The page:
If you are an FHA buyer and you want a San Jose area condo (or any home which is held in condo type ownership), you have to make sure the complex is FHA approved. We had the option of getting individual units spot checked until February 1st, but that has now been eliminated. Getting an entire complex approved takes time, perhaps 60 days, and money – and most buyers don’t want or cannot take on that kind of financial liability (and most sellers don’t want it either). Here is the link for the HUD site which will list for you the condo communities which are FHA approved. So it is important to know if the townhouse you’re looking at is owned like a townhouse or owned like a condominium. It can be painfully disappointing to think that a home can be bought with FHA backed financing, only to later discover that it can’t due to the type of ownership and lack of approval of the association.
Houses Are Simpler, But Not Always Easier for FHA Buyers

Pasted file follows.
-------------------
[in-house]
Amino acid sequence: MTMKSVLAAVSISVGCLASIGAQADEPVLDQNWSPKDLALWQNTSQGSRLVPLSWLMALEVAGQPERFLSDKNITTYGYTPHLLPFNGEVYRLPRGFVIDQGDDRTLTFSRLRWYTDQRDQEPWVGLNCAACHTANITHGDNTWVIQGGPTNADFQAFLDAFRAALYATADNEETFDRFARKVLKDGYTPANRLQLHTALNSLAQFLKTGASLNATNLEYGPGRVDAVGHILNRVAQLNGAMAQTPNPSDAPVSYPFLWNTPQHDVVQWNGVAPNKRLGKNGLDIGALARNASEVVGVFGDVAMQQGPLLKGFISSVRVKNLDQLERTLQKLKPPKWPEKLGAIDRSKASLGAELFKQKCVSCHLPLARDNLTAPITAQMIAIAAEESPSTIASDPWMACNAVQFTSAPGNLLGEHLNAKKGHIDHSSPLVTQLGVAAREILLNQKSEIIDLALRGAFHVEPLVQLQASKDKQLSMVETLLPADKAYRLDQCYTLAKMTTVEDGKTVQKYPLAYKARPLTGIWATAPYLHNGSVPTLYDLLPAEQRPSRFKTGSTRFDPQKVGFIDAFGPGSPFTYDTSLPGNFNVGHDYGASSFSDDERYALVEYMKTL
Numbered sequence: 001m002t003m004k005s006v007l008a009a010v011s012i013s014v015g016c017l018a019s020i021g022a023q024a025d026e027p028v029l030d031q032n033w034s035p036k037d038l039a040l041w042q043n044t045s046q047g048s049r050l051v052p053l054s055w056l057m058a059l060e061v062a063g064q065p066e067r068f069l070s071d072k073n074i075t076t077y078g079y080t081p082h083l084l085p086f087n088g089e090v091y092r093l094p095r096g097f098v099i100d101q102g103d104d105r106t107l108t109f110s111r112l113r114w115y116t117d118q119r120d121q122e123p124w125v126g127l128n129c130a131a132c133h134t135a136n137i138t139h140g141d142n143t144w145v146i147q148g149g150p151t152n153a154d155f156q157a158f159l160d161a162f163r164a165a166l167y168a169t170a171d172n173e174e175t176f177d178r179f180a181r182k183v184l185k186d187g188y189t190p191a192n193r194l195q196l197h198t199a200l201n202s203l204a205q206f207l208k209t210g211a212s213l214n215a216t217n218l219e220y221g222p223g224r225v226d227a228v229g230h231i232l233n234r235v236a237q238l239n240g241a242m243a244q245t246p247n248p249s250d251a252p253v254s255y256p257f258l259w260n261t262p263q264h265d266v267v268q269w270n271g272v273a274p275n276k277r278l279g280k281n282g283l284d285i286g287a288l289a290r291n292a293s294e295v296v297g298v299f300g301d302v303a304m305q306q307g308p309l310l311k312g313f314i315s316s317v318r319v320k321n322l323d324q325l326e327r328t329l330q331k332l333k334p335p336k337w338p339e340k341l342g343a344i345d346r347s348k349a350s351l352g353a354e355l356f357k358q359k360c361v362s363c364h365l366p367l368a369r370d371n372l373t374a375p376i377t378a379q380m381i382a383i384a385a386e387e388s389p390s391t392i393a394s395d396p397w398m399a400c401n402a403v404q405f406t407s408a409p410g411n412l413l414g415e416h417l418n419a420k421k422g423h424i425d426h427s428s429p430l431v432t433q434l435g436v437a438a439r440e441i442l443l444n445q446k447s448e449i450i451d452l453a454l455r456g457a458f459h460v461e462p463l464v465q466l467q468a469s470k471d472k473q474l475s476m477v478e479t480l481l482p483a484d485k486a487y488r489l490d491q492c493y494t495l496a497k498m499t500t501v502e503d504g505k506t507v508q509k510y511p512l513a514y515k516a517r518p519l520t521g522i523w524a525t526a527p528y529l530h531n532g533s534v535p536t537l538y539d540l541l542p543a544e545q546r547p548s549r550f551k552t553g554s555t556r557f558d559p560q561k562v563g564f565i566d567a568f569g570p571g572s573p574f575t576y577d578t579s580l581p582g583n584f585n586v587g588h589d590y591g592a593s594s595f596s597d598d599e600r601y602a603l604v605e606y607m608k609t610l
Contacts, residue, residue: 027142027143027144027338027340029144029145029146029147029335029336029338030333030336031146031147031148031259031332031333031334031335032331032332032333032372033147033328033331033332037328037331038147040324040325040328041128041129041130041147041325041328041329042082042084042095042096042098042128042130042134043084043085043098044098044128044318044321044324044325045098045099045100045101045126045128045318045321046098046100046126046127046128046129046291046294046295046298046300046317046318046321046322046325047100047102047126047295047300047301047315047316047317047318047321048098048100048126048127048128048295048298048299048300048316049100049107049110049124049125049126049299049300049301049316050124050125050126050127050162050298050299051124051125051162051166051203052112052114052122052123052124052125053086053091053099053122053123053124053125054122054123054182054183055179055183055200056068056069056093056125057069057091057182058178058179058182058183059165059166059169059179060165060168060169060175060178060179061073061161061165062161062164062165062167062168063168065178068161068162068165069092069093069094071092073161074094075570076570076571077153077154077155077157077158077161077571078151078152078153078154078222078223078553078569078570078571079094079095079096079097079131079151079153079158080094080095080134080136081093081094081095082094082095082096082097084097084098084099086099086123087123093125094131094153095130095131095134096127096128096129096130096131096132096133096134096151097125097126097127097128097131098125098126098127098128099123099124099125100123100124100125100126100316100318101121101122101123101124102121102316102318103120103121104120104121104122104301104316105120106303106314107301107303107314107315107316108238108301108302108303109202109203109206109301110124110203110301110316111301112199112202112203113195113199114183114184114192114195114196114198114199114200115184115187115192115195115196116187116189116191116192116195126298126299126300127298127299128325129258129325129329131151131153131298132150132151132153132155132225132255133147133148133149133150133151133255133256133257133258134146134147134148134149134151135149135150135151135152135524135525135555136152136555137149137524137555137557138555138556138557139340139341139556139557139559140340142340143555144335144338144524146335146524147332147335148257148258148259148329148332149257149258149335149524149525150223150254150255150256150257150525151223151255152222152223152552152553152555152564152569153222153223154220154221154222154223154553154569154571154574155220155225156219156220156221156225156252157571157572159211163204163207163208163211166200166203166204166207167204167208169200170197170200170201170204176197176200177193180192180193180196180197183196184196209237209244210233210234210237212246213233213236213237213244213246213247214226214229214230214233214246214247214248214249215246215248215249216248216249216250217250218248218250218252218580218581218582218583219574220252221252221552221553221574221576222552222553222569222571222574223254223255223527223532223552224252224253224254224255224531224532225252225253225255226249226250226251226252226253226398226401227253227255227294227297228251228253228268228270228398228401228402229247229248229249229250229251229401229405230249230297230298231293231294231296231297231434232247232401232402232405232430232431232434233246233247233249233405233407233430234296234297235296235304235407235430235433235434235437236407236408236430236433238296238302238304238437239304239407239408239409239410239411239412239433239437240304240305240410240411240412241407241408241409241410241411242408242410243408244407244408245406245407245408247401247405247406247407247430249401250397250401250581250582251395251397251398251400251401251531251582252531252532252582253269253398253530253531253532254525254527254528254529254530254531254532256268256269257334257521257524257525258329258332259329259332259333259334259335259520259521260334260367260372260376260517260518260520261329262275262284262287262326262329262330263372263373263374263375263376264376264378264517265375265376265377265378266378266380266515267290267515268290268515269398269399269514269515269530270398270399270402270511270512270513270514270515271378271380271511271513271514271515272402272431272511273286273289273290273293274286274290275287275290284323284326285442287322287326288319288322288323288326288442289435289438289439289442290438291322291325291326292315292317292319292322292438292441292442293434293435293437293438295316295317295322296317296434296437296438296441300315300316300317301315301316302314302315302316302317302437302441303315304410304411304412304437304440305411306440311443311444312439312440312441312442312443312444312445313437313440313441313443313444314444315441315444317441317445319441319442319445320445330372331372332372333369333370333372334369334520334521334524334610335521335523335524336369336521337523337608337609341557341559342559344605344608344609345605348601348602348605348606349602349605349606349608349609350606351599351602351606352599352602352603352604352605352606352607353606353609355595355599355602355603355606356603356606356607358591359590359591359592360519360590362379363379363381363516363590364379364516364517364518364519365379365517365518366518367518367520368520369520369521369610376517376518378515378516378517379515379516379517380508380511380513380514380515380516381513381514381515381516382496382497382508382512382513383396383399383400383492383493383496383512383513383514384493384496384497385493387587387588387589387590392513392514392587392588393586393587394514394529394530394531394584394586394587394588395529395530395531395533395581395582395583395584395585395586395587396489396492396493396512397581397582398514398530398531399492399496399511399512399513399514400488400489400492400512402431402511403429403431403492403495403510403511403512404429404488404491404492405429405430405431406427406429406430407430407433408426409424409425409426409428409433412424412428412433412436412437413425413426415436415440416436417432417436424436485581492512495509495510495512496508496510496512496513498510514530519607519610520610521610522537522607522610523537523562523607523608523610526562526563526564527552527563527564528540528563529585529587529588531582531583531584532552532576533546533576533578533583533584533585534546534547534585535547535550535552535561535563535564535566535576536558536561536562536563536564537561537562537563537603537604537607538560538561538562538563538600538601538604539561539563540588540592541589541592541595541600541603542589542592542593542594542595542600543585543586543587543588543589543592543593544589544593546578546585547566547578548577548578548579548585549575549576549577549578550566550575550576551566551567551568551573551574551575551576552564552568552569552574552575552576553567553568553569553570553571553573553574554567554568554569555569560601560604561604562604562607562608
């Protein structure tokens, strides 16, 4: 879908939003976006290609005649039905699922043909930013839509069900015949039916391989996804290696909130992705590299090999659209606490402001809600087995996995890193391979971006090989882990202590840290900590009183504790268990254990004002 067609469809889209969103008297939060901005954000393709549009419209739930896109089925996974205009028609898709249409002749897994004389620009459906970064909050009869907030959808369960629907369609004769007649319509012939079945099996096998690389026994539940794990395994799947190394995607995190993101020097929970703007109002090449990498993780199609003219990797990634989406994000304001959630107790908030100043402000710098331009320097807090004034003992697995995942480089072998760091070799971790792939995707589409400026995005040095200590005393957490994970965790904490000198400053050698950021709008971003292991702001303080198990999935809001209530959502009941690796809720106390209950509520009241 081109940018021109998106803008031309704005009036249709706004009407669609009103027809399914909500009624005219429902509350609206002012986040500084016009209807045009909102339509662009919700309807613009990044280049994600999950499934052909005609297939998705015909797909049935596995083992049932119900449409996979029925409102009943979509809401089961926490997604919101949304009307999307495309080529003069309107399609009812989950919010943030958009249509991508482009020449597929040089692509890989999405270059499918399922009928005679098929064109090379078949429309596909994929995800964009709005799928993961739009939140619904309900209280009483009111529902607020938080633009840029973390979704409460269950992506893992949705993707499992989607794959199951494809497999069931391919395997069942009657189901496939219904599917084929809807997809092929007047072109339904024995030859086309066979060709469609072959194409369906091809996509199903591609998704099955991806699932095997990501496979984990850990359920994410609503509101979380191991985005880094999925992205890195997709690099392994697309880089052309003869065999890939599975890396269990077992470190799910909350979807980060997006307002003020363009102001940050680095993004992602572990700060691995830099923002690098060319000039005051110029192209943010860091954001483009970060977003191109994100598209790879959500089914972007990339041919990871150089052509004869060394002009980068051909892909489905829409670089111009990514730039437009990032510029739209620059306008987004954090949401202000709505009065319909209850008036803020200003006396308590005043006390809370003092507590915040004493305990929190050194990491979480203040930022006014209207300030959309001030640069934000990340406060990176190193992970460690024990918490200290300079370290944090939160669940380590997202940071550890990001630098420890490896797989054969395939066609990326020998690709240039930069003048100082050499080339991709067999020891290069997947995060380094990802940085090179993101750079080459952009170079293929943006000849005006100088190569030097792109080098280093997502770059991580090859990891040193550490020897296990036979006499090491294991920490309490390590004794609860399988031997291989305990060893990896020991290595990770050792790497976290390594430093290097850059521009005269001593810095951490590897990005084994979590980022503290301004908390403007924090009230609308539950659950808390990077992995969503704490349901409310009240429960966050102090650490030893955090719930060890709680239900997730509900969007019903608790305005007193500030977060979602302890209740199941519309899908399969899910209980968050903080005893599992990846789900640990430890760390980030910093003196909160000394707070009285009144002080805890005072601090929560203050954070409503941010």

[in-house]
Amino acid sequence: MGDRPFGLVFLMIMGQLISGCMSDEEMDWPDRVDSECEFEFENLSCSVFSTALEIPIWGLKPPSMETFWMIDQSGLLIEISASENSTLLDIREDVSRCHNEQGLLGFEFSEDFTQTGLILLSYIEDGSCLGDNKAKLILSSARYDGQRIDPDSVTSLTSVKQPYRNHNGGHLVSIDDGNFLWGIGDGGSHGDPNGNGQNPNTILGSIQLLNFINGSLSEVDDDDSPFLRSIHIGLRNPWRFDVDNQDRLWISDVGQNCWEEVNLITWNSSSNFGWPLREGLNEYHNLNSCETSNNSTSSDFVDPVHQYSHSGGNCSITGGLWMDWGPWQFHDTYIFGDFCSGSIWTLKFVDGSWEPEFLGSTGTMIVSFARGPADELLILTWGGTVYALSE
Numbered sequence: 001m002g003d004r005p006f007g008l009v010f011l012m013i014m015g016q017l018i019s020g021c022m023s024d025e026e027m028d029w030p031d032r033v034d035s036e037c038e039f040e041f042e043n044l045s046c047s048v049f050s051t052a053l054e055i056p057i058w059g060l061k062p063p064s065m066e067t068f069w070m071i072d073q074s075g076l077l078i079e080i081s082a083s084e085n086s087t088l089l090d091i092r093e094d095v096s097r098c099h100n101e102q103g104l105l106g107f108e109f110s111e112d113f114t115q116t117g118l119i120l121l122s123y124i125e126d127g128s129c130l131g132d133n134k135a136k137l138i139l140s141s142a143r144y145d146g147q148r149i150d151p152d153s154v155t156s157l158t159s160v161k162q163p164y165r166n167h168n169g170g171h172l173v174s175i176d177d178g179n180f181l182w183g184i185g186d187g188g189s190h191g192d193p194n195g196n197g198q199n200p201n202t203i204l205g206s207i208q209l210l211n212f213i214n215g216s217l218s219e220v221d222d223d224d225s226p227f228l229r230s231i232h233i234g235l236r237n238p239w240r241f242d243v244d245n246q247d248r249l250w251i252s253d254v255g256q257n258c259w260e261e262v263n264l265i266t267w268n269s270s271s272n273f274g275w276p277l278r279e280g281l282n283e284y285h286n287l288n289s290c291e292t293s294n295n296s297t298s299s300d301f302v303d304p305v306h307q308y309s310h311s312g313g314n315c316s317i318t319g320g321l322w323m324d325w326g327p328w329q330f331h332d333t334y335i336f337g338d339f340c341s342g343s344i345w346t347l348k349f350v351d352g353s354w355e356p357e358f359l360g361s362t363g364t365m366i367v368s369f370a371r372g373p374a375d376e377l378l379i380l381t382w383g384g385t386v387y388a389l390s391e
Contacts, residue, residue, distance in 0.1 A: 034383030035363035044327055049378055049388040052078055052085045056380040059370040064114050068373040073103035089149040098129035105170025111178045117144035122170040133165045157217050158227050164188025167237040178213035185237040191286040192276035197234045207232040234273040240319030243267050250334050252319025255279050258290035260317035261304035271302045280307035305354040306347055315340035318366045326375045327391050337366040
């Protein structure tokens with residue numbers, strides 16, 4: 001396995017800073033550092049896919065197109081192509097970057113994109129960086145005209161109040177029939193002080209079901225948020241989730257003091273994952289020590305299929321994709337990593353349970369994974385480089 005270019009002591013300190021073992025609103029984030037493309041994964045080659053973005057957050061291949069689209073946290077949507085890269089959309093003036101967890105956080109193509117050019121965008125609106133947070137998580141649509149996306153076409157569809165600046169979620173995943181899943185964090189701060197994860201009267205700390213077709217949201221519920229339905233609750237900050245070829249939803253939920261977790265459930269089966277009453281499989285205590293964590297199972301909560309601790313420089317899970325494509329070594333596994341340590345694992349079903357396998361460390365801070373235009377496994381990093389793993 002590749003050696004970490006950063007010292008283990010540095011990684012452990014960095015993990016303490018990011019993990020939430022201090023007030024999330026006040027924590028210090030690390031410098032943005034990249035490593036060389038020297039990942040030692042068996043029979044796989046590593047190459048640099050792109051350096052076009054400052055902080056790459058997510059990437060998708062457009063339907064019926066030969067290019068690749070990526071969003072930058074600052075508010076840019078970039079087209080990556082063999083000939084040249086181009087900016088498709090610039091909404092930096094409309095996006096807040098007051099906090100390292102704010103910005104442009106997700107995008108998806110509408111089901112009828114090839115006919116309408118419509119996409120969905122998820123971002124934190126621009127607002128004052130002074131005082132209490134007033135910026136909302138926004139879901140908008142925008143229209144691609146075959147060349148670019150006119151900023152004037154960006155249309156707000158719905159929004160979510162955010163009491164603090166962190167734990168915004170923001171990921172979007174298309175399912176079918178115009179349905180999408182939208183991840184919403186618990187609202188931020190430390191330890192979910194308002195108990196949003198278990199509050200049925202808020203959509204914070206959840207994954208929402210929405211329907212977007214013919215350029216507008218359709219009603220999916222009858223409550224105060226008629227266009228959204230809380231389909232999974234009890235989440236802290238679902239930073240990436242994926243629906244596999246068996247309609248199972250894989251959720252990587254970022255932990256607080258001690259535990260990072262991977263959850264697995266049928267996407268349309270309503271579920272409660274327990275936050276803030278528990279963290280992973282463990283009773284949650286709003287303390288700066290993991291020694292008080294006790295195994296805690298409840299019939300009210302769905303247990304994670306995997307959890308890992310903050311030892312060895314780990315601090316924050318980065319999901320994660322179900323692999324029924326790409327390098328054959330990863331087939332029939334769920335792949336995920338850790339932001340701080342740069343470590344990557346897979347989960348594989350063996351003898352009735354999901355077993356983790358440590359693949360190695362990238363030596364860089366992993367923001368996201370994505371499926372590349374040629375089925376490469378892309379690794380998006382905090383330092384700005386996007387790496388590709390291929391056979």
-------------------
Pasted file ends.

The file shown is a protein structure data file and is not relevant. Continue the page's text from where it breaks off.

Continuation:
If your heart’s desire is to purchase a house in Silicon Valley, or a townhouse (not held in condo ownership) or PUD (planned unit development), at least you don’t have to get the entire neighborhood’s approval, so that one hurdle is cleared. What you will find, though, is that there is a lot of fear by listing agents, and thus by their seller clients, about taking on an FHA buyer.
With multiple offers, the one(s) with FHA backed financing are usually the first ones eliminated. (It’s not just due to the FHA, but also due to the fact that usually FHA buyers have very little cash down. We are finding a lot of appraisal challenges because prices are rising fast. With more cash down, an appraisal problem is less of an issue.)
Sometimes even with single offers, though, FHA buyers are running into trouble. In some cases, the MLS will instruct agents, “No FHA Offers“. In a few of those, it continues, “home cannot pass FHA guidelines” or otherwise indicating that the property needs too many repairs to get past the FHA requirements. In others, though, the listing agent isn’t so direct and either won’t say that FHA offers will be rejected or simply behaves badly because he or she doesn’t want to work with one. This is frustrating but is part of the challenge we are finding today.
The Stigmatized FHA Offer
Why are FHA offers viewed so dimly?
- usually there’s very little cash down payment (hence, if the home does not appraise, it will be a big problem)